152971

2013-12-23
RCCU Elevated Flare
Cause: On December 23, 2013, the Residual Catalytic Cracking Unit (RCCU) Elevated Flare exceeded its 162 ppm three-hour rolling average limit for hydrogen sulfide. The monitoring capabilities of the hydrogen sulfide analyzer at the RCCU Elevated Flare were exceeded as the hydrogen sulfide to the flare continued to increase. Several contributing factors were identified. One of these factors was that the cold weather was affecting some of the valve bodies by allowing small quantities of H2S to leak through a closed valve during lower ambient temperatures. In addition, it was found that the RCCU flare knock out drum and the maintenance drop out drum were contaminated with H2S as a result of recent shutdown activities. This event did not result in an emergency condition. There were no fatalities, injuries, or road closures.

Followup: Yes

Notes: Immediately, Operations began a systematic search for the sources of H2S routed to the flare. This search identifies all potential H2S intrusion points with the RCCU and RGHT Units, and prioritized those most likely contributing to the elevated H2S in the Flare system. Flushes the RCCU Elevated flare knock out drum and the maintenance drop out drum. Upgraded valves HV4346 a IV one-piece metal seats to class VI three-piece metal Teflon seats. Unit rate increases were delayed and unit feed rates were maintained during the duration of the incident. To prevent recurrences, the refinery will (1) evaluate the need to upgrade/replace additional RV and HIC valves that are routed to the RCCU Elevated Flare header in order to prevent leakage during cold weather; and (2) evaluate the need to apply weather shields and/or steam lances to valves affect by cold weather. The report does not mention when the refinery will implement these preventative measures.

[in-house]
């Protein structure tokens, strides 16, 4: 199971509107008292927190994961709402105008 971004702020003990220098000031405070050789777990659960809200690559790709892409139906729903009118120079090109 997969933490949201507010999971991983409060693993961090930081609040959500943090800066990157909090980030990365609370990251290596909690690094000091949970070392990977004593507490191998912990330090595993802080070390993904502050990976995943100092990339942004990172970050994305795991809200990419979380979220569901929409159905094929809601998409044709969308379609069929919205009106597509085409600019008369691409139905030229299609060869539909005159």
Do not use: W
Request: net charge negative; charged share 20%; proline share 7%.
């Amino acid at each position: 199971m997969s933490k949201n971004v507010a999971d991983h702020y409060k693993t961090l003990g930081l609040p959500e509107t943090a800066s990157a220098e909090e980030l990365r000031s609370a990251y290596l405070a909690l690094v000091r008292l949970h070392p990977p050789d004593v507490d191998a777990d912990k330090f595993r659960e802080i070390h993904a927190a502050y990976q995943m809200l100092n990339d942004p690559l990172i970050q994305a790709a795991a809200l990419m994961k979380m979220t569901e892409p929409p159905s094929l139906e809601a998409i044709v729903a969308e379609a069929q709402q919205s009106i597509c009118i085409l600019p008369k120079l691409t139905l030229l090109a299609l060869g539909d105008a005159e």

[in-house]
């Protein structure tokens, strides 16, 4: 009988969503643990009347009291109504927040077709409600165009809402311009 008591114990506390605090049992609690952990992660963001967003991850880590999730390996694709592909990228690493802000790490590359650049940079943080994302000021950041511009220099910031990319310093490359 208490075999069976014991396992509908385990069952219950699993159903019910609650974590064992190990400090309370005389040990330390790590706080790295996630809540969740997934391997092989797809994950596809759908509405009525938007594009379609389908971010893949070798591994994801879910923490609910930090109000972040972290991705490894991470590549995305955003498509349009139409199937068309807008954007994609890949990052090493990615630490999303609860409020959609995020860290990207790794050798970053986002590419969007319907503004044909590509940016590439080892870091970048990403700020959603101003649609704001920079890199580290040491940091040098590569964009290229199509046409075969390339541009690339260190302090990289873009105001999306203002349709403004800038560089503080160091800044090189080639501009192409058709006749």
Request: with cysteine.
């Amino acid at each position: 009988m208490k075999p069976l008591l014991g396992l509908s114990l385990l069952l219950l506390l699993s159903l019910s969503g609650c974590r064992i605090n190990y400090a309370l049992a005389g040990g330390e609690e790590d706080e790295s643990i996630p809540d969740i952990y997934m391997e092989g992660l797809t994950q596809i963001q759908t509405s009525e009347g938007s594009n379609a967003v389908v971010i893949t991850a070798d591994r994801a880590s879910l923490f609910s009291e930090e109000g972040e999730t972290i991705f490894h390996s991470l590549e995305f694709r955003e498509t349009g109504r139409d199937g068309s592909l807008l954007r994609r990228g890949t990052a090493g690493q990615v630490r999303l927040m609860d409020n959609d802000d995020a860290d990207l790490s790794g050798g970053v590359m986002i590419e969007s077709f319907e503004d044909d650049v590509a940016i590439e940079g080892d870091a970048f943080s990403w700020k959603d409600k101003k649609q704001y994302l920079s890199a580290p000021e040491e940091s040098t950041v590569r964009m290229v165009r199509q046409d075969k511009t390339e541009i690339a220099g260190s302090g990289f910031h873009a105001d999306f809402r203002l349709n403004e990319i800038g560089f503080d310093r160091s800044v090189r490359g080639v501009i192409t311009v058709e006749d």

0.4 pounds
152855

2013-12-14
RCCU Flare (EPN 8-84)
RCCU Flare (EPN 8-84)